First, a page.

First morning

The morning of Day 1, November 4, 2018, which is to say, in a real sense, day 1,764. 

I had been talking about this walk for nearly five years and now I was actually leaving.

I was in Town Square watching as people took turns with a special white marker writing on my black car.

I wanted them to write the names of their favorite places in town, but most were variations on ‘bon voyage.’

Carlos Fragata, like me a board member of a local environmental group, got it right: he drew a picture of Flag Rock on White Horse Beach. Earlier I had drawn a picture of a wave, and the name “Center Hill Beach,” a place in Plymouth that I loved, where I had fallen in love.

‘What drove you to do this?’

Though I had been talking about this walk for years even close friends weren’t sure what was motivating me. People that I told about my idea at some point in the last five years would often come up to me on the street and ask if I had gone already, and returned.

“Weren’t you doing that walking thing,” they’d often say, to which I would smile, let the question dangle in the air for a moment, and then explain.

It was – is – not an easy thing to explain. It would be simple, I thought, in its realization but difficult to explain.

To give my “elevator speech” I needed to be going up to the 50th floor.

The idea for leaving and ‘walking home’ first began to materialize on the morning of December 31, 2013.

Were you there?

I had taken a picture at or around sunrise, somewhere in Plymouth, every morning in 2013 and on the last day – the last sunrise I called it – 500 of my nearest and dearest friends showed up at Plimoth Plantation for the final picture of the year.

December 31, 2013

I was stunned, elated, confused?

That first ‘last sunrise’ event wasn’t even over before people began to come up to me and ask, ‘what’s next?’

What will you do for an encore?

The Ponds, many suggested. The myth had always been that there were 365 ponds in Plymouth, one for every day of the year. I could take a picture of one a day..

But there weren’t 365 ponds in Plymouth: there were 430.

I wanted to move on to the next thing as well, to sleep until the sun was in the sky, but first I had to understand what had happened, first I had to figure out why 500 people risked frostbite to pose for a picture at 6:15 in the morning, the morning of the last day of the year?

And they didn’t just show up: they came with oysters, oatmeal stout, fresh muffins, coffee, placards proclaiming their particular cause or charity. 

The final picture happened around 6:30 that morning: the tailgating in the Plimoth Plantation parking lot went on for hours.

That afternoon I began to look at some of the pictures from that final sunrise. 

I examined the list of those that had said they would attend.

Cheryle and June, the founders of the Friends of Burial Hill were there early, helping me put out signs directing people to the site where we would take that final picture of the year.                                                                                                                                                                            The lady in the faux fur coat in the front row? From the Fragment Society – the oldest continually operating charity in America.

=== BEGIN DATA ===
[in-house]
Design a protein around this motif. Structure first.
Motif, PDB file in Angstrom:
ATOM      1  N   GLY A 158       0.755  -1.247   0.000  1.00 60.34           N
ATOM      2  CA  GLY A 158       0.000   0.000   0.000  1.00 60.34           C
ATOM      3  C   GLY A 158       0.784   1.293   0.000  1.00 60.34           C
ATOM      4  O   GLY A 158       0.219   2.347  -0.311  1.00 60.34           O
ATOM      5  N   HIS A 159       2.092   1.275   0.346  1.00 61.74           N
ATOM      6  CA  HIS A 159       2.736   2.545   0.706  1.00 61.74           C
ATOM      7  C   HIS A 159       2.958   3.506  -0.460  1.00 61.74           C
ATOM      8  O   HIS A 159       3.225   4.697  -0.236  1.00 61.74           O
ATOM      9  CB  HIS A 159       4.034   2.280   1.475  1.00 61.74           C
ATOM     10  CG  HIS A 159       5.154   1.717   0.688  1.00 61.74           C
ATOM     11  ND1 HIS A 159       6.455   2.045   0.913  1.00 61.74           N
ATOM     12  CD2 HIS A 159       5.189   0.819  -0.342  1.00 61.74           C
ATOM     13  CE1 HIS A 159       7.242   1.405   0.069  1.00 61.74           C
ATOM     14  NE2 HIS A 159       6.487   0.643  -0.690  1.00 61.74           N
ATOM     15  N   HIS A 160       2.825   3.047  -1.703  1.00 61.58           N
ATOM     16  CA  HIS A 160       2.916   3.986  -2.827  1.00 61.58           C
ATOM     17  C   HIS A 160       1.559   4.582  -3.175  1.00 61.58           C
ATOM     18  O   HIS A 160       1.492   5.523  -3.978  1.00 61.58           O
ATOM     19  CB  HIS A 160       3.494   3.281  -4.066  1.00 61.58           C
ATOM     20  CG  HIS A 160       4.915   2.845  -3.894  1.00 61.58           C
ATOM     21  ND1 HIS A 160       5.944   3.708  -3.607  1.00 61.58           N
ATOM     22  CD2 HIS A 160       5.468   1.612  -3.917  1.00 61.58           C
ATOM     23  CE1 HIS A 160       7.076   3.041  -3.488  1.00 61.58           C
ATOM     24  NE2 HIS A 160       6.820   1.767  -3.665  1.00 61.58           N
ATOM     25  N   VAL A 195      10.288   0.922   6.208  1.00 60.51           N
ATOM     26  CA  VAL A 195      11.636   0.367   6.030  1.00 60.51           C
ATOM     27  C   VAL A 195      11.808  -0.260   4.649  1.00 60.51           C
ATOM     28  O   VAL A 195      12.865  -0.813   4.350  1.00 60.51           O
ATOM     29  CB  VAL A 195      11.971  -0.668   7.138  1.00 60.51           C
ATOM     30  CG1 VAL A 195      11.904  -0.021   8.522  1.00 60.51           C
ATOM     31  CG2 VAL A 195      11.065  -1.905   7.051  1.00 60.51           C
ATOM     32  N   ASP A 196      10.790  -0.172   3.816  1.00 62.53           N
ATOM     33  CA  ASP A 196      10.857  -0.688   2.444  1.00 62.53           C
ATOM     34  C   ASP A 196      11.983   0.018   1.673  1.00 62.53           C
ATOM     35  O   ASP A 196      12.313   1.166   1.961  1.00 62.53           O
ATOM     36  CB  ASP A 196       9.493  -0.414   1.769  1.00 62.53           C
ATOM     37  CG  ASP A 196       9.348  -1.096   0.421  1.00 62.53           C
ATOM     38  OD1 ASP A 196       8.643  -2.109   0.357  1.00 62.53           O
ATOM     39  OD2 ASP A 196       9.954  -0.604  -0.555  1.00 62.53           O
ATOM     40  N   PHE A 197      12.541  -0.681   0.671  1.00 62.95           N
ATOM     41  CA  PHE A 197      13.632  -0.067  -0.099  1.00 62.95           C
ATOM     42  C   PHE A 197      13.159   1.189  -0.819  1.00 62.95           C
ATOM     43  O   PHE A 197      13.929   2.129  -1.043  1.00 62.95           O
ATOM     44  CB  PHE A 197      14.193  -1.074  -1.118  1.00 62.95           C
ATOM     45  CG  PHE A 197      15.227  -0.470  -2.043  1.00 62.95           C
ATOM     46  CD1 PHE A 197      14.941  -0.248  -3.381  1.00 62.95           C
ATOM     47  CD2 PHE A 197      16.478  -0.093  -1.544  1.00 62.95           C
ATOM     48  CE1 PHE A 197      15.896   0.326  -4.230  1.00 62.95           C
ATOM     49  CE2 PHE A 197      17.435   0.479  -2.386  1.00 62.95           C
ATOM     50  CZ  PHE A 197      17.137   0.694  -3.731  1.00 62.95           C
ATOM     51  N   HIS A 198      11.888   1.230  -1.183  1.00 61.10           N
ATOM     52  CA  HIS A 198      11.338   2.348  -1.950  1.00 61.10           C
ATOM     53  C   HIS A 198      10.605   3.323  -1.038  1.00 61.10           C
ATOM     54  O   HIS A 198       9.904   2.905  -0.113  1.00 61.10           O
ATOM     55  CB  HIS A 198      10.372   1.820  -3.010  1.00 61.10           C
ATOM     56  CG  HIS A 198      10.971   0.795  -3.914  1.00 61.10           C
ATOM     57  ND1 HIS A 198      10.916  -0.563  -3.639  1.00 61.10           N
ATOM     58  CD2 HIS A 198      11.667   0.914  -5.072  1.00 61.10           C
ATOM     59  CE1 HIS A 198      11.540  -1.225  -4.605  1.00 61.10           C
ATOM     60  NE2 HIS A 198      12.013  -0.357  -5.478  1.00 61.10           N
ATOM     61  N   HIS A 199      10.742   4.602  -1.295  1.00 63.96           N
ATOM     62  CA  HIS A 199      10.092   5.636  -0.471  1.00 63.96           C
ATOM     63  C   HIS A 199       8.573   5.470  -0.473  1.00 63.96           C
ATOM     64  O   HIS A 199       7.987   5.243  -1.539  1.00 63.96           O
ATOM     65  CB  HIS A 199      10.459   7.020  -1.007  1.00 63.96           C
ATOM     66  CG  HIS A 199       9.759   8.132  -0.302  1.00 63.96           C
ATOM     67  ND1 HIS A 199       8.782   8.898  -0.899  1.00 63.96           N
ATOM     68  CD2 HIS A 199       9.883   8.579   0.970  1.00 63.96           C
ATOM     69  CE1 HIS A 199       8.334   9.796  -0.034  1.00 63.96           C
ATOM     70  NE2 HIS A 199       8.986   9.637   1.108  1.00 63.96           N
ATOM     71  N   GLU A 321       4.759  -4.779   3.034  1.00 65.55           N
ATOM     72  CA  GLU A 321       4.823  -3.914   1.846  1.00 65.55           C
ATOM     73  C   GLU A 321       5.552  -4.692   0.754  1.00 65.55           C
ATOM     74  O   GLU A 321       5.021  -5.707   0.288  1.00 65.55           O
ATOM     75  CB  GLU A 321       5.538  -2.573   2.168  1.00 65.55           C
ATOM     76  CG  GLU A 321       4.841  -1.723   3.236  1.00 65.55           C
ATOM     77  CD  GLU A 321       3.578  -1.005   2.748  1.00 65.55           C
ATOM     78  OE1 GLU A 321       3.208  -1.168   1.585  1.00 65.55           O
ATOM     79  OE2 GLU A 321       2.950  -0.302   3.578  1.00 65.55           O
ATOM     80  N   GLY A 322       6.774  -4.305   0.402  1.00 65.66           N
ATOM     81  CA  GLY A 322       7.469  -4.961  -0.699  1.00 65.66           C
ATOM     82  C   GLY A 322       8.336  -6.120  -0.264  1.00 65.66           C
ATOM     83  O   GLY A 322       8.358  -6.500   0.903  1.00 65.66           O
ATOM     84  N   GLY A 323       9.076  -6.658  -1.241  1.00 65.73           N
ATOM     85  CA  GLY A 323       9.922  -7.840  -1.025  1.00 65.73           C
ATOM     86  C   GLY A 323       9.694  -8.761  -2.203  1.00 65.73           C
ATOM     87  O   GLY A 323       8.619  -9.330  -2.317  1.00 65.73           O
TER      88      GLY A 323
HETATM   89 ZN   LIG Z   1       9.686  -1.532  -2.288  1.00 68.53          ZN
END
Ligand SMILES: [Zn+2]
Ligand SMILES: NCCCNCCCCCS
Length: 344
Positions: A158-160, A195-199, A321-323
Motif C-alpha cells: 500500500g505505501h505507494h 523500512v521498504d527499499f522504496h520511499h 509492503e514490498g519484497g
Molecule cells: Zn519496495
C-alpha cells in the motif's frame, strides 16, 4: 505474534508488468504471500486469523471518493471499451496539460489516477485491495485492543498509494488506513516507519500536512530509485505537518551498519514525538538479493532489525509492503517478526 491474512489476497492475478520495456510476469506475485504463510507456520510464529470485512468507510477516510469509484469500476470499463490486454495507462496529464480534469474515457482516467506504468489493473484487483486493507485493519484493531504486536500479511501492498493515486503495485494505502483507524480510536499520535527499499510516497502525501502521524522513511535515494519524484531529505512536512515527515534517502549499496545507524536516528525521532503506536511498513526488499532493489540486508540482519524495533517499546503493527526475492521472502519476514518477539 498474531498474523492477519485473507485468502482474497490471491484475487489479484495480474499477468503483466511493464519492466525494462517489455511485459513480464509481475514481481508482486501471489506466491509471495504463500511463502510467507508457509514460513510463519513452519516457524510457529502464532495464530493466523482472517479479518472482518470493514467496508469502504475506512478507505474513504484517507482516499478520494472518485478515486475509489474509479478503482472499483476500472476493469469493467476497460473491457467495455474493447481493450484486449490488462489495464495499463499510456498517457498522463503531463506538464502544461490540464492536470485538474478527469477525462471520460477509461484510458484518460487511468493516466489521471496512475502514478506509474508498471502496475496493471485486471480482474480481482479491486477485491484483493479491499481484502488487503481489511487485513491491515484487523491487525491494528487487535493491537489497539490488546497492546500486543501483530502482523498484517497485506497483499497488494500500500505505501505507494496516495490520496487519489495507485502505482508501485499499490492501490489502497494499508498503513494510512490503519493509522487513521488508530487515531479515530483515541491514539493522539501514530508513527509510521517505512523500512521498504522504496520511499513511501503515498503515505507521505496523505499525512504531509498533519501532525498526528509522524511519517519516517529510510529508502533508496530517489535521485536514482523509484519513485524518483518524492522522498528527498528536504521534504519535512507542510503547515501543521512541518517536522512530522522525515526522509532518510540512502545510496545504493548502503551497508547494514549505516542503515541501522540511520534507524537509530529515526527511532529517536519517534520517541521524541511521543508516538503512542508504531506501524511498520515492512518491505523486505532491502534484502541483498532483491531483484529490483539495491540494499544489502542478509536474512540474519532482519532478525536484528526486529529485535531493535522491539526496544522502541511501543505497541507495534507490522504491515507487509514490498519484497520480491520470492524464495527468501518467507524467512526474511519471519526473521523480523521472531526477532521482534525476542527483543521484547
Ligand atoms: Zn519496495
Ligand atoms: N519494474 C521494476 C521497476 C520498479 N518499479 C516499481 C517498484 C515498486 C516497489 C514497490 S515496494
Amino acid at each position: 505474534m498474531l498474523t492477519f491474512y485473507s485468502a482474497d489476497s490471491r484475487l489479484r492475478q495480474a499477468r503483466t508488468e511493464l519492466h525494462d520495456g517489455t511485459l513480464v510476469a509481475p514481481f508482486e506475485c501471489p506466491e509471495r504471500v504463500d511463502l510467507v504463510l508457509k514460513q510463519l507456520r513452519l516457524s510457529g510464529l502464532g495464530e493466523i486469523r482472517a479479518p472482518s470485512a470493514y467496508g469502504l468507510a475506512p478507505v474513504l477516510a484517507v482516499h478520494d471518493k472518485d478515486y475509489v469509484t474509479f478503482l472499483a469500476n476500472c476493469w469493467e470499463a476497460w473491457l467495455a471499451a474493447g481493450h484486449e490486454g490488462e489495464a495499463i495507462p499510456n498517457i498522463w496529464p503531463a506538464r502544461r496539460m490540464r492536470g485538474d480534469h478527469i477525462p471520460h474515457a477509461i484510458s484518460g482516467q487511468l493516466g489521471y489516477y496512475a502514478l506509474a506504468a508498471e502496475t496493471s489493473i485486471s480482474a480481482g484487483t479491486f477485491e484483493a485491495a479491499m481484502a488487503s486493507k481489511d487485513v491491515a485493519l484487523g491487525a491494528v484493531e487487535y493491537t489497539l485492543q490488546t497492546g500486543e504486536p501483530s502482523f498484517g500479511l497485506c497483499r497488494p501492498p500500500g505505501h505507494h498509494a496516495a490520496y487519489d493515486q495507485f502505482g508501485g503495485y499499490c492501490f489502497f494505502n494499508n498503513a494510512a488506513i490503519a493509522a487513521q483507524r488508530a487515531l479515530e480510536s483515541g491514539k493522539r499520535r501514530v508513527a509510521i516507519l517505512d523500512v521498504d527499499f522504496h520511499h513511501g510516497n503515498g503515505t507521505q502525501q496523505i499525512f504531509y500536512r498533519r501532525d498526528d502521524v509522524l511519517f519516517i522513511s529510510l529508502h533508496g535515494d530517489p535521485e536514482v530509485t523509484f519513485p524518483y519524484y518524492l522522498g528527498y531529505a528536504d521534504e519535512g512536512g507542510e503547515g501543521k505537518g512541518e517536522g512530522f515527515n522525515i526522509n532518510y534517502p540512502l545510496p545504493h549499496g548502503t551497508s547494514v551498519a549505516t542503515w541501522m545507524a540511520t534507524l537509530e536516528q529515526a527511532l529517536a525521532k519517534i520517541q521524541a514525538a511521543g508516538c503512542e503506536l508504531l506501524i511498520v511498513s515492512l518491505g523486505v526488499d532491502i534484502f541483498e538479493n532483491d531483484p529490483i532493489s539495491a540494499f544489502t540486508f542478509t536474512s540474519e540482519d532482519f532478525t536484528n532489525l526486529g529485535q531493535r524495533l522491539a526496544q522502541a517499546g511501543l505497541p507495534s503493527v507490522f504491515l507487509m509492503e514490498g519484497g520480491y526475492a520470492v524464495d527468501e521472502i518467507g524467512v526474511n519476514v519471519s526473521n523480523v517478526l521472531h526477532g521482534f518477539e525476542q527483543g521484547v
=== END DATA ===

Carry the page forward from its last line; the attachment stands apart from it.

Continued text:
Halfway back in the crowd were members of the Plymouth Lodge of Masons, all formally attired.

Lurking near the front, bright eyed and energetic despite being desperately ill, super-Townie Wedge Bramhall with a sign protesting the local nuclear power plant.

Both the police and fire chief were there.

The Plymouth Masonic Lodge

Congressional aid Mike Jackman and then, at the last minute, his boss, then freshman Congressman Keating.

Vinnie deMacedo, still a state representative I believe.

A group of woman who baked cupcakes for families in stress.

The Friends of Myles Stasndish State Forest.

As I looked over the pictures from that day I began to realize what they all had in common: these were people already engaged in their community, already serving on one on more boards, town meeting representatives, members of historic societies, artists and photographers and musicians.

Five years later as I walked into Albuquerque, New Mexico, about two months into the walk, Tobias Esquibel – the brother in law of Plymouth School Superintendant Gary Maestas, asked me what “drove” me to  it.

I laughed.

I wasn’t driven to it I protested. I was compelled. I was inspired. I was seized by the idea of it.

It intoxicated me.

In trying to understand why others had shown up on that cold morning in 2013 I had an epiphany: Plymouth was my hometown.

I had never felt the need for a hometown but now it was suddenly there beating in my chest like a second heart.

WalkingHome – it came to me in one crystalline moment like the first drop of rain after a long drought landing on the bridge of your nose as you gazed heavenward hoping – would be a journey to a greater understanding of what made me feel that Plymouth was my hometown: what combination of natural human empathy, effective government, civic engagement, history and environment creates a soil fertile enough to grow a sense of community.

What can we all do to create and maintain that feeling that you belong someplace?

Or what do we do – intentionally or unwittingly – to obstruct or deny that sense of belonging?

It seemed to me the perfect idea. 

It came out of the box fully assembled. 

I knew immediately that I would call it “walking home,” because it was about  finding the way home to a sense of belonging, home to a community of caring, home to a community with a legacy of civic engagement.

Perfect.

Or so I thought on that winter morning almost five years ago. But today, as I prepared to drive away?

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